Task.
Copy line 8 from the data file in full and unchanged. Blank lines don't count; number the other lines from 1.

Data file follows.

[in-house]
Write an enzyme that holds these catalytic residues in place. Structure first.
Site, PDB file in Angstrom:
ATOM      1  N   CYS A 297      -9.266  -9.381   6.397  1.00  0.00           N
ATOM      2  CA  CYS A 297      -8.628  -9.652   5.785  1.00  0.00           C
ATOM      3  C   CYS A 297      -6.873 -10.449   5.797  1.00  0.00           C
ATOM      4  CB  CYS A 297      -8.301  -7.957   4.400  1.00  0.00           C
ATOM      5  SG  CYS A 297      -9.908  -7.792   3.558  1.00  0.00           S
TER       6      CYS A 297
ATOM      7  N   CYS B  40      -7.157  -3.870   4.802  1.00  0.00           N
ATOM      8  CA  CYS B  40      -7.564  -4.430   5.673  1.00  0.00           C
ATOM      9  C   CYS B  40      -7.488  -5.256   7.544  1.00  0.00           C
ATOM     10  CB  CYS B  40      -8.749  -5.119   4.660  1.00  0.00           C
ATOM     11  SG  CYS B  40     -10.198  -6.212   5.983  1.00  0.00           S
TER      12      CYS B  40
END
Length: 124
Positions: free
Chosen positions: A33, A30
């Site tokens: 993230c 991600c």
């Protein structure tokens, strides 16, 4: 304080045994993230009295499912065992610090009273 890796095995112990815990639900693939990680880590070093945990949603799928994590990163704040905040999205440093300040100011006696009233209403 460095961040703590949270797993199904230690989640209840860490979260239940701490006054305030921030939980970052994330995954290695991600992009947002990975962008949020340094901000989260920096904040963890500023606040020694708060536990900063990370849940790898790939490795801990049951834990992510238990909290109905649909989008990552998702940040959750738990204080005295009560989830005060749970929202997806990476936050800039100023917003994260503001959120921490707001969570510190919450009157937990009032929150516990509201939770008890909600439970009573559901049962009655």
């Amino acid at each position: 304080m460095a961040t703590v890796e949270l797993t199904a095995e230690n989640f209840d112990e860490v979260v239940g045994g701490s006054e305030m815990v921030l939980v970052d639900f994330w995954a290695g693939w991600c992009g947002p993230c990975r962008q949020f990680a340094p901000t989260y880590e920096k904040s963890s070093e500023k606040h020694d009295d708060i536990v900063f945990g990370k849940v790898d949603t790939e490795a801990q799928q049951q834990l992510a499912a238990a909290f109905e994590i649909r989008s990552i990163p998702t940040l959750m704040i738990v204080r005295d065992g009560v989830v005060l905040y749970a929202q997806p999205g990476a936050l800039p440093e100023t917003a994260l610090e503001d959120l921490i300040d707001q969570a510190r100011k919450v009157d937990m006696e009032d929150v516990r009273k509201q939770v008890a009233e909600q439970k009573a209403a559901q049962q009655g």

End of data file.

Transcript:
ATOM      5  SG  CYS A 297      -9.908  -7.792   3.558  1.00  0.00           S